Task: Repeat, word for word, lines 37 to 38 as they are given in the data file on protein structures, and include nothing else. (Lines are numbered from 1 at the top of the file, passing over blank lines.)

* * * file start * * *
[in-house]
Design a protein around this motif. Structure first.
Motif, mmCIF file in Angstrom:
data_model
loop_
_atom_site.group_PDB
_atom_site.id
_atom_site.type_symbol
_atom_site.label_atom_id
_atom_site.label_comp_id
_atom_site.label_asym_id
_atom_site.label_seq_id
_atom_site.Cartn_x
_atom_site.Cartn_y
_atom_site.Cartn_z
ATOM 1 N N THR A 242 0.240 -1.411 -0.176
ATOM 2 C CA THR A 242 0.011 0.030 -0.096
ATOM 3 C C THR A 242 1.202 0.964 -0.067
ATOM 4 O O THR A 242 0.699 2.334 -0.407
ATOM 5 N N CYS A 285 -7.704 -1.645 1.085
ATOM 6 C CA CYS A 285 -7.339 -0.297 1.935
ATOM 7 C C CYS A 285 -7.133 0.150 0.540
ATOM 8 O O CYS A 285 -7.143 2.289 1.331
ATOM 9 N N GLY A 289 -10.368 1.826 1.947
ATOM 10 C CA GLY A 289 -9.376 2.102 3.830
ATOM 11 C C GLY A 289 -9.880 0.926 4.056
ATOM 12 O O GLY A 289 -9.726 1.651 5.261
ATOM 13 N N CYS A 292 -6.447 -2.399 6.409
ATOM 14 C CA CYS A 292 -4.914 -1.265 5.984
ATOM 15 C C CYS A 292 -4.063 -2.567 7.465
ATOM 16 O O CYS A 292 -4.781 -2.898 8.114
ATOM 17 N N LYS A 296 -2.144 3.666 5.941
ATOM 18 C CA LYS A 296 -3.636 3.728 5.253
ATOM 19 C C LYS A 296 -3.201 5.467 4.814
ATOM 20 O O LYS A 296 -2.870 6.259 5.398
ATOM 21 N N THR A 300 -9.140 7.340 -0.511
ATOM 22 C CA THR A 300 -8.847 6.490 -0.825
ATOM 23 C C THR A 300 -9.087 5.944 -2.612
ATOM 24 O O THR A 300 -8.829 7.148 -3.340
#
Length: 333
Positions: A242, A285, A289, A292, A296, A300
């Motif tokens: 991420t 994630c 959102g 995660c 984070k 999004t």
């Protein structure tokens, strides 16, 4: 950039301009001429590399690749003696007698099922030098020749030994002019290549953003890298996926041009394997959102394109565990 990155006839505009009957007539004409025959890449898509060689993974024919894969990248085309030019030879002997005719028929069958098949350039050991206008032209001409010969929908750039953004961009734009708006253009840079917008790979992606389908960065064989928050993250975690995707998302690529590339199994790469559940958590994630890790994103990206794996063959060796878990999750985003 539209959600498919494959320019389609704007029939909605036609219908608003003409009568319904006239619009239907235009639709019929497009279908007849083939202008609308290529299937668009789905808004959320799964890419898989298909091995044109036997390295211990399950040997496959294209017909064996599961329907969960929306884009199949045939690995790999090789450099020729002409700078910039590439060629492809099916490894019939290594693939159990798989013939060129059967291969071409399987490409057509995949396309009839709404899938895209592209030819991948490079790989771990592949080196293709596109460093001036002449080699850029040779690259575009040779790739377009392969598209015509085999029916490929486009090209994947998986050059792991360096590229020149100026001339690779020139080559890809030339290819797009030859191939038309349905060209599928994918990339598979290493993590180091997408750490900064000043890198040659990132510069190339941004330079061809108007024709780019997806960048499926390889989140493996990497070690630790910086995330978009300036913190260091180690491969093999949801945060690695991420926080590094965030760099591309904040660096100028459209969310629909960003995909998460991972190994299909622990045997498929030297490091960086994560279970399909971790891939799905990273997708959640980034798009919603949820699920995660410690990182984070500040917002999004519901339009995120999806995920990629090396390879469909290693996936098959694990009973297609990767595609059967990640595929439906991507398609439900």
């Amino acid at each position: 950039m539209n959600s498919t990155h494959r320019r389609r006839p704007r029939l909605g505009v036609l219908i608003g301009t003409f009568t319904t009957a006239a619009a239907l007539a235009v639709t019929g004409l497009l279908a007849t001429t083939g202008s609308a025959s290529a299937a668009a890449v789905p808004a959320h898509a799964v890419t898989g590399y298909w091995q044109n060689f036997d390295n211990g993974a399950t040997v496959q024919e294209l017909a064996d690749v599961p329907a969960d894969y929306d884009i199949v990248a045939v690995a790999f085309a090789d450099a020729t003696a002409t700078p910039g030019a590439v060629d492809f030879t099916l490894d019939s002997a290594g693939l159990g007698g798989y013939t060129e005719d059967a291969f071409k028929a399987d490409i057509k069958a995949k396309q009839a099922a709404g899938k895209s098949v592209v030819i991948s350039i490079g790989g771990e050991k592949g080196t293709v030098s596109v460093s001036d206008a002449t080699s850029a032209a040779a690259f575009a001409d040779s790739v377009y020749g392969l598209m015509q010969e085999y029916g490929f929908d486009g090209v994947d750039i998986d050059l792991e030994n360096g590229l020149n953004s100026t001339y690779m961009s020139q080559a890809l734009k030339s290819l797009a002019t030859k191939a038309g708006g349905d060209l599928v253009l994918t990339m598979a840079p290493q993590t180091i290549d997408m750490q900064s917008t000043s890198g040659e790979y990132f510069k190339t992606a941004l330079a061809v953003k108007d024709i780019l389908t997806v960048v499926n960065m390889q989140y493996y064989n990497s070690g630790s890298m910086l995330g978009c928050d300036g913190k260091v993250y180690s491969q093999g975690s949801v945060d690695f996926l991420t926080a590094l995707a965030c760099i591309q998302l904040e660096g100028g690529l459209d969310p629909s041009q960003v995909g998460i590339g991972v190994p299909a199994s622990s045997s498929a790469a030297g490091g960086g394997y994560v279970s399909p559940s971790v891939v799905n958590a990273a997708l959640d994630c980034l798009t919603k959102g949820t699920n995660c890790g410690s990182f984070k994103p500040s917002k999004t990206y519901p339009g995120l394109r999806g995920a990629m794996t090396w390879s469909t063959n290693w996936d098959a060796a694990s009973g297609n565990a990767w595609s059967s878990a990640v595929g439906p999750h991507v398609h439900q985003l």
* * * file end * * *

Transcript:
ATOM 22 C CA THR A 300 -8.847 6.490 -0.825
ATOM 23 C C THR A 300 -9.087 5.944 -2.612